You Don't Always Get What You Pay For
Dr. Dobb's Journal June 2002
When all is said and done, the legislation that started out as the "Security Systems Standards and Certification Act," then renamed as the "Consumer Broadband and Digital Television Promotion Act," will likely be remembered as the "Baby (in Congress) Needs a New Pair of Shoes Act."
Introduced by Sen. Fritz Hollings (D-SC), cosigned by Ted Stevens (R-AK), Daniel Inouye (D-HI), John Breaux (D-LA), Bill Nelson (D-FL), and Dianne Feinstein (D-CA), and funded by the TV, movie, and music industries, the CBDTPA proposes to dictate copy protection for all digital content and devices. More specifically, proposed law S.2048.IS (see http://thomas.loc.gov/) prohibits the sale or distribution of electronic devices that fail to incorporate or conform to federal copy-protection standards. The standards Hollings and his gang have in mind mandate that copy-protection controls be embedded in every computer, digital media device, or "any hardware or software that...reproduces copyrighted works in digital form...or retrieves or accesses copyrighted works in digital form." This would include word processing programs, spreadsheets, operating systems, databases, communication programs, and just about every other application we use day in and day out. For programmers, this means that every program we write and distribute — for sale or for free, in object- or source-code form — must include government-sanctioned code. In all likelihood, the scam would work something like this: All digital content would have some kind of do-not-copy bit embedded in it, and all software and hardware would be required to recognize and act upon this bit.
Likewise, it would be illegal for you to download noncompliant programs or source code written in other countries. Violate Hollings's law for commercial purposes and you'll go to jail for five years, alongside murderers, drug dealers, energy company executives, and members of Congress who've gotten caught. You'll also pay a $500,000 fine. As a further means of aid and compensation to piracy "victims" (aka multibillion dollar TV, movie, and music companies), Hollings would grant them the right to request search warrants, impound or destroy equipment used in illegal activities, and be reimbursed for attorney's fees, lost profits, and actual damages.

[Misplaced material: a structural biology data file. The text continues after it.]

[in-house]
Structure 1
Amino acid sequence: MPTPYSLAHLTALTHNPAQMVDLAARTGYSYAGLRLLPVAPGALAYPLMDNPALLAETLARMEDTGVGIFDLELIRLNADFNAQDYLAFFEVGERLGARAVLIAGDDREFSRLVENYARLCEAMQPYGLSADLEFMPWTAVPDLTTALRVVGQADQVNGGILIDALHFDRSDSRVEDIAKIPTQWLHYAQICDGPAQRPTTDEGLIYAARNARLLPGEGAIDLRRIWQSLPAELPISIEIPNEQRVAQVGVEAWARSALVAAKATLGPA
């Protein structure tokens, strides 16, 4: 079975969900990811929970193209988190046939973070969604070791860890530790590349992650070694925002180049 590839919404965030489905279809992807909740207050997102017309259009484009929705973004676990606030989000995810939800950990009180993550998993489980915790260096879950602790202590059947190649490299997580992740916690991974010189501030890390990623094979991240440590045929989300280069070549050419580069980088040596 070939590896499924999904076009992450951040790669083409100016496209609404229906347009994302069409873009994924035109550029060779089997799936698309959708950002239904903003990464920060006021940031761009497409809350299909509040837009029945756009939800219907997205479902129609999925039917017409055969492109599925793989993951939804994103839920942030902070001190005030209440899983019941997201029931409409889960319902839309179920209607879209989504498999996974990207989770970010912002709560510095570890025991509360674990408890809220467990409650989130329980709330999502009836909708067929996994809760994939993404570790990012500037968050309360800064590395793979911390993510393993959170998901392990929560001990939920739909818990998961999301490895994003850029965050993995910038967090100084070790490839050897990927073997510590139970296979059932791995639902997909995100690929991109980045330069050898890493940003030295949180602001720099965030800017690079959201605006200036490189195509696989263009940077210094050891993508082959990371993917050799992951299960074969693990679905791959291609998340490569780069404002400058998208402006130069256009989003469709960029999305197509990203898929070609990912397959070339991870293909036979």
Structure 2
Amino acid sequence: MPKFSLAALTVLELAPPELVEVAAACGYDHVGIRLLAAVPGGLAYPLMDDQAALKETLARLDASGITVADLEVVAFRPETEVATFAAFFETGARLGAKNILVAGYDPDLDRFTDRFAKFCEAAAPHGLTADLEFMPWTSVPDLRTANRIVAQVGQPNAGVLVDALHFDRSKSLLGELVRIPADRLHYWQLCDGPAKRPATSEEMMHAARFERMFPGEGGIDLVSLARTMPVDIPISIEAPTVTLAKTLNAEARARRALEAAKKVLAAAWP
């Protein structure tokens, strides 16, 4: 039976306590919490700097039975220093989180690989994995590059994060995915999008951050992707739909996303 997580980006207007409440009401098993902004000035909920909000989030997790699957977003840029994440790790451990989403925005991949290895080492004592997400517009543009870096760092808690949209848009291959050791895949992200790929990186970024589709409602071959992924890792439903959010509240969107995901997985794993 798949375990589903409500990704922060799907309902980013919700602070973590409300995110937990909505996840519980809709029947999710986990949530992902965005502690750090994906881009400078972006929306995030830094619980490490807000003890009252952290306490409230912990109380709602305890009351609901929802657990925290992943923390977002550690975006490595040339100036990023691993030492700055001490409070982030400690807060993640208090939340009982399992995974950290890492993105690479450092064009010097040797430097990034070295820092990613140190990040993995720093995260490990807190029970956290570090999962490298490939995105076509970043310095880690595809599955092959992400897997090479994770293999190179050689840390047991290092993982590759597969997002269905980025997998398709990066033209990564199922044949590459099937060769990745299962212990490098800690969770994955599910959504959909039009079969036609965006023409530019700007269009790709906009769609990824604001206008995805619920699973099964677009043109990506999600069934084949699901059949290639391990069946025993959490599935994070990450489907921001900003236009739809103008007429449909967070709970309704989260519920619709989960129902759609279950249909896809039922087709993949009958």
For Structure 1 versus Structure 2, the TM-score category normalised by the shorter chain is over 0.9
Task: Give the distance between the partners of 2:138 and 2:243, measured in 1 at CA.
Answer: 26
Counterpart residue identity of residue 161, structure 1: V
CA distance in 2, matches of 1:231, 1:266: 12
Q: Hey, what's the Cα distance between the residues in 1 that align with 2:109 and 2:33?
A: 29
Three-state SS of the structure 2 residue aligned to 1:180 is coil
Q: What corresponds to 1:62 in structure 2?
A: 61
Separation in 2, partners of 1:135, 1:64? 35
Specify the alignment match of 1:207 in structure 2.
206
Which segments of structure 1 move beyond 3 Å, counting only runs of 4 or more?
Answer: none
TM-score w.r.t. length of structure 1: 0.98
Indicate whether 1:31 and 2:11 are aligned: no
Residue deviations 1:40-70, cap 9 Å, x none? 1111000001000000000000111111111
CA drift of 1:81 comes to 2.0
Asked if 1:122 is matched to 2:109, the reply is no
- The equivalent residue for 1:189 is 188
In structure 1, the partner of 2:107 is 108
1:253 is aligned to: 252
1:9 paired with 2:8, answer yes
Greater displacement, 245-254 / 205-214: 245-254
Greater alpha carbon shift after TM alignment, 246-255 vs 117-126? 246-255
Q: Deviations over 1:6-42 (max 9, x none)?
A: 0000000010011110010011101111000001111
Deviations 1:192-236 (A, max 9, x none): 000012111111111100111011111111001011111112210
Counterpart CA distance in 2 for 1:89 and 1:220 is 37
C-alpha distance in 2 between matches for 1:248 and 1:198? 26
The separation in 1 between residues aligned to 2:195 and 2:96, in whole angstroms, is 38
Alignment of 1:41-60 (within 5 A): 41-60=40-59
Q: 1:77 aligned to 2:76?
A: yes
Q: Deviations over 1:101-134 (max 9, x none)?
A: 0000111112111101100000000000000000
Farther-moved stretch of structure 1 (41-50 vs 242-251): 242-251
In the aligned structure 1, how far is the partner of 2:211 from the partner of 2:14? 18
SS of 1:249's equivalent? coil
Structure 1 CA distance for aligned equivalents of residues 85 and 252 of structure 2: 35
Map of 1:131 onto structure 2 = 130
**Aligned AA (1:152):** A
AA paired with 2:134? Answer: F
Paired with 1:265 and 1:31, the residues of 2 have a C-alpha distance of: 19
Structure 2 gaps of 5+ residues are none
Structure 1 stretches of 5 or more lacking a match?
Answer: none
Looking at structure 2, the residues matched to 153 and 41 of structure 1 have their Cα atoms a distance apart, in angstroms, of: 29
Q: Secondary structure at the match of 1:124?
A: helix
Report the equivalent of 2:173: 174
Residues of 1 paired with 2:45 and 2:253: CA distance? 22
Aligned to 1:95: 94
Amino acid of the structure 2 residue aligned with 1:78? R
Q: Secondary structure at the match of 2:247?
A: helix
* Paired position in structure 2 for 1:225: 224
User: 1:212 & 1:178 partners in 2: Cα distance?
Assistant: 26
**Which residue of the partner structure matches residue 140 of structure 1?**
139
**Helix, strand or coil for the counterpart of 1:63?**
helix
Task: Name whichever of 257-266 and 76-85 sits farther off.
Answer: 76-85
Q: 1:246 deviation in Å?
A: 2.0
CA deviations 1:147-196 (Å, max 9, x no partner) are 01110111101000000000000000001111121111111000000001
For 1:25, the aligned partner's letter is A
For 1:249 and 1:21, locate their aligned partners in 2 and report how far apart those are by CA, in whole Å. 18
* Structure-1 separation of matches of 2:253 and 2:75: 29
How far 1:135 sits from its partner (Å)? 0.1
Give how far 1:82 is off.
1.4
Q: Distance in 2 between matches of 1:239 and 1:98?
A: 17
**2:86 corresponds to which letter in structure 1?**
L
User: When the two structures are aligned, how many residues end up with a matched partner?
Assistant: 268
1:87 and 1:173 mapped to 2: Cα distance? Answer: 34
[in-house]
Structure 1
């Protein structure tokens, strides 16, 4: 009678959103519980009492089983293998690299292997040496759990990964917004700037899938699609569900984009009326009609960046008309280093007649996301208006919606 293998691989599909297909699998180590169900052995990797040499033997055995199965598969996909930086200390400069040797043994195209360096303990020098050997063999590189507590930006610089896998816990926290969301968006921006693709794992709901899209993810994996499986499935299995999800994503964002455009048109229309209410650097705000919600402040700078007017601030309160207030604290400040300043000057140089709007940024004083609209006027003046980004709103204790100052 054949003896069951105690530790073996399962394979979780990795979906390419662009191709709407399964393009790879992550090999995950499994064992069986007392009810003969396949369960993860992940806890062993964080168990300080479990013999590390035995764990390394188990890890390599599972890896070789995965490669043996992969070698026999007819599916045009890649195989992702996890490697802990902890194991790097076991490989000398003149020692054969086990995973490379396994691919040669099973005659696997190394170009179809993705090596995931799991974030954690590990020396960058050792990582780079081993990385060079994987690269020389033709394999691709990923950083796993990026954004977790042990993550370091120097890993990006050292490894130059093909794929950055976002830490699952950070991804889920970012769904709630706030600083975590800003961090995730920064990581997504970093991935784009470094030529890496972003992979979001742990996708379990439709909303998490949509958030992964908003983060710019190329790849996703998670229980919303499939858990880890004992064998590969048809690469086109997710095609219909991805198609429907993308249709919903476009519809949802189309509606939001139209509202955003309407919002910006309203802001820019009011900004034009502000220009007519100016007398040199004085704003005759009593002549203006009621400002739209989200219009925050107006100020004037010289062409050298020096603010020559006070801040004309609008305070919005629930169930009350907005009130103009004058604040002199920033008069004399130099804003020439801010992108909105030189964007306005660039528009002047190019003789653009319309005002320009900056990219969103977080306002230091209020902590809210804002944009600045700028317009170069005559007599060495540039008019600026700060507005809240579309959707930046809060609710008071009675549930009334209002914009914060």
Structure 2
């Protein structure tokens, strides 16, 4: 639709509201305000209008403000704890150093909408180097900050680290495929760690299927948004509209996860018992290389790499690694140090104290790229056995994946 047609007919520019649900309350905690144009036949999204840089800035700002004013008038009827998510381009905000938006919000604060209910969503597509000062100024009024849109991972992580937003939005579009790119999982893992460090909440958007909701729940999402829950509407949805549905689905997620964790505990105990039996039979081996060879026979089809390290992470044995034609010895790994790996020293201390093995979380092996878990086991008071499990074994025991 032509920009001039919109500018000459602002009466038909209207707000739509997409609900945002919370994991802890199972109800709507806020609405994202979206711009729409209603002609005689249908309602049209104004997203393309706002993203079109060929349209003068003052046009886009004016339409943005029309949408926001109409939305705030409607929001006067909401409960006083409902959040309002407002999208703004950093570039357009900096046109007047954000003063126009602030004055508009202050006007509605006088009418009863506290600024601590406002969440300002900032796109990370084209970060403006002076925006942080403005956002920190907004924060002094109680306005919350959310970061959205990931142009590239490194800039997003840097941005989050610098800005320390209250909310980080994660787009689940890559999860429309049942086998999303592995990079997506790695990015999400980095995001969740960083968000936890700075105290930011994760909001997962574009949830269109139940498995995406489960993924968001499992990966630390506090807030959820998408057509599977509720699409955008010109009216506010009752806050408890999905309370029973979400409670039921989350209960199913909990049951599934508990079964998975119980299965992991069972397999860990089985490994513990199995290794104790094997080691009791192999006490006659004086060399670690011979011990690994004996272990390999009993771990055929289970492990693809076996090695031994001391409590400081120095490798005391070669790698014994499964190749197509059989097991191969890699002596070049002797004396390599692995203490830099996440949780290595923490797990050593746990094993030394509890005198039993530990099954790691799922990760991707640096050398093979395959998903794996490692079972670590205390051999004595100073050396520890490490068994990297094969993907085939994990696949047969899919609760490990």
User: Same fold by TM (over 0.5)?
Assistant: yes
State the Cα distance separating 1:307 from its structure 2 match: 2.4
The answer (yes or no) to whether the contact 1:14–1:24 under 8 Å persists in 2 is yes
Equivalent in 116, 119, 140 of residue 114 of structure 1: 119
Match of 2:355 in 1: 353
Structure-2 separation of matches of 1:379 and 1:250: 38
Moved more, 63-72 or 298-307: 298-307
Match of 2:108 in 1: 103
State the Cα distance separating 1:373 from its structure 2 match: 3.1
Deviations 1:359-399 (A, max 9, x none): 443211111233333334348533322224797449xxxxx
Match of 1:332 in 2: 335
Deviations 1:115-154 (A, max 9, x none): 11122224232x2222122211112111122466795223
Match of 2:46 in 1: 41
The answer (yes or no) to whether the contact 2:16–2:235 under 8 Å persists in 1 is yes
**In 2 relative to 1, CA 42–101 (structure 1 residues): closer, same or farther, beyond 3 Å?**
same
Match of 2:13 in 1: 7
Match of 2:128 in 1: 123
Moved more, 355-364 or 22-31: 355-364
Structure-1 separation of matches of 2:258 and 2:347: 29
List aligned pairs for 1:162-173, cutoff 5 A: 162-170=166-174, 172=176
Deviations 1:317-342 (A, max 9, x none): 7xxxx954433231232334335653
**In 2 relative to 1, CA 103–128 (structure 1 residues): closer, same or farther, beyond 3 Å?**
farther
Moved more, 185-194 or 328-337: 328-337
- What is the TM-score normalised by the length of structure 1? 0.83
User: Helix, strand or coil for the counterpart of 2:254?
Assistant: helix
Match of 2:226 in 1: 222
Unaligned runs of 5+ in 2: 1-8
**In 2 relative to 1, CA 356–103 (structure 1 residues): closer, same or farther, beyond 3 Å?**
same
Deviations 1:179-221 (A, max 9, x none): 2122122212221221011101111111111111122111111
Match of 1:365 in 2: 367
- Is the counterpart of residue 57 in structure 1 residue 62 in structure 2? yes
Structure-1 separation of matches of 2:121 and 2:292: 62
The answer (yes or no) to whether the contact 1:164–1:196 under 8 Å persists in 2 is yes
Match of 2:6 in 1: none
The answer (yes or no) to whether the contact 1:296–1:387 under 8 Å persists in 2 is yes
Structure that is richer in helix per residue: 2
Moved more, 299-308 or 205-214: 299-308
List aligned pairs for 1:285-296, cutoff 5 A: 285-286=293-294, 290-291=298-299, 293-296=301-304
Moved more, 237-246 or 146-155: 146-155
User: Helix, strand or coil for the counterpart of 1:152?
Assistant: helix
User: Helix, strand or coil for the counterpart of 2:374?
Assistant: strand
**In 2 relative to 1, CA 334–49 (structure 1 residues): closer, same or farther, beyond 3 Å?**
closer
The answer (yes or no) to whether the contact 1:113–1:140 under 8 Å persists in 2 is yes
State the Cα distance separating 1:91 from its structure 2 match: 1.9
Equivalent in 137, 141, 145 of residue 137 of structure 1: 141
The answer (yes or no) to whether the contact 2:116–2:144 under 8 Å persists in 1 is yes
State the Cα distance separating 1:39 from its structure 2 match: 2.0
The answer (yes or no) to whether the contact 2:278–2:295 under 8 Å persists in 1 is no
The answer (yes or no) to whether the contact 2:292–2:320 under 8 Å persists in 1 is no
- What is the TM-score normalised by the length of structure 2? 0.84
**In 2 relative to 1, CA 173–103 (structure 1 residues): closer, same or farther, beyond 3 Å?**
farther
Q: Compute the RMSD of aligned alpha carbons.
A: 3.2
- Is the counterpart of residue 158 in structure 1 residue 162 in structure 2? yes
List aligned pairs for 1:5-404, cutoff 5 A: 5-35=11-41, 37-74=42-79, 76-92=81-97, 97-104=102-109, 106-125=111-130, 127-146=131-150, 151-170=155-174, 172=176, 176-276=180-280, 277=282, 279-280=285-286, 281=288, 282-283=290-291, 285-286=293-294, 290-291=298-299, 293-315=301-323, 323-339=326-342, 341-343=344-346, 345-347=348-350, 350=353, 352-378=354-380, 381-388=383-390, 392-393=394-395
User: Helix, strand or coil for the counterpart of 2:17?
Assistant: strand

In a statement justifying his Taliban-like proposals, Hollings decries the "lawlessness" of the high-tech industry and university students, saying that "piracy is growing exponentially on college campuses and among tech savvy consumers" (http://www.politechbot.com/docs/cbdtpa/hollings.cbdtpa.release.032102.html).
Still, you have to wonder why Hollings is so het up, especially considering the state he represents isn't known as a TV, movie, or music hub. No, what appears to be revving the gang's motors is the $264,000 Hollings has accepted from the TV, movie, and music industries since 1997 (see http://www.opensecrets.org/politicians/indus.asp?CID=N00002423&cycle=2002), along with Feinstein's $214,638, Breaux's $122,920, Nelson's $59,300, Stevens's $56,370, and Inouye's $51,852. All in all, the TV/movie/music industries have showered our elected officials in Congress with more than $60 million since 1998. In return, the TV/movie/music industries get CBDTPA.
In a most disingenuous statement, Hollings puffs that "America's creative artists deserve our protection." Be clear about one thing: CBDTPA has nothing to do with protecting the rights of artists. What it is about is protecting corporate stock prices and executive bonuses — the TV/movie/music industries have never shown concern about protecting the rights of artists. And then there's the always compassionate Jack Valenti, president of the Motion Picture Association of America, who says CBDTPA will "serve the long-term interests of consumers." Right.
Curiously, Hollings's proposed law promotes open-source software: "...the security system standards shall ensure, to the extent practicable, that...any software portion of such standards is based on open-source code." Of course, this strange, but welcomed, clause doesn't absolve open-source developers who stray outside CBDTPA's guidelines from lawsuits or criminal charges. If anything, in fact, CBDTPA curtails the open-source movement because of the worldwide, distributed nature of open-source development.
Not wanting to be left off the CBDTPA bandwagon, Rep. Adam Schiff (D-CA) announced he will introduce similar legislation in the House of Representatives. To be fair, Schiff does represent the 27th district of California, the home of studios for Disney, Warner Brothers, NBC, ABC, Nickelodeon, the Black Entertainment Television, and DreamWorks SKG. That said, you'd think that he would have done better than the measly $19,435 he got from the TV/movie/music industries. Maybe he should compare notes with his neighbor, Rep. Howard Berman (D-CA), who also supports CBDTPA, but pocketed $144,541.
However, sounder minds have prevailed — at least for the time being. Sen. Patrick Leahy (D-VT), chairman of the Senate Judiciary committee that has jurisdiction over the proposal, has said he does not support CBDTPA and will prevent it from being enacted into law this year. The TV, movie, and music industries are probably kicking themselves, knowing they probably could have put to better uses the $159,230 they gave to Leahy.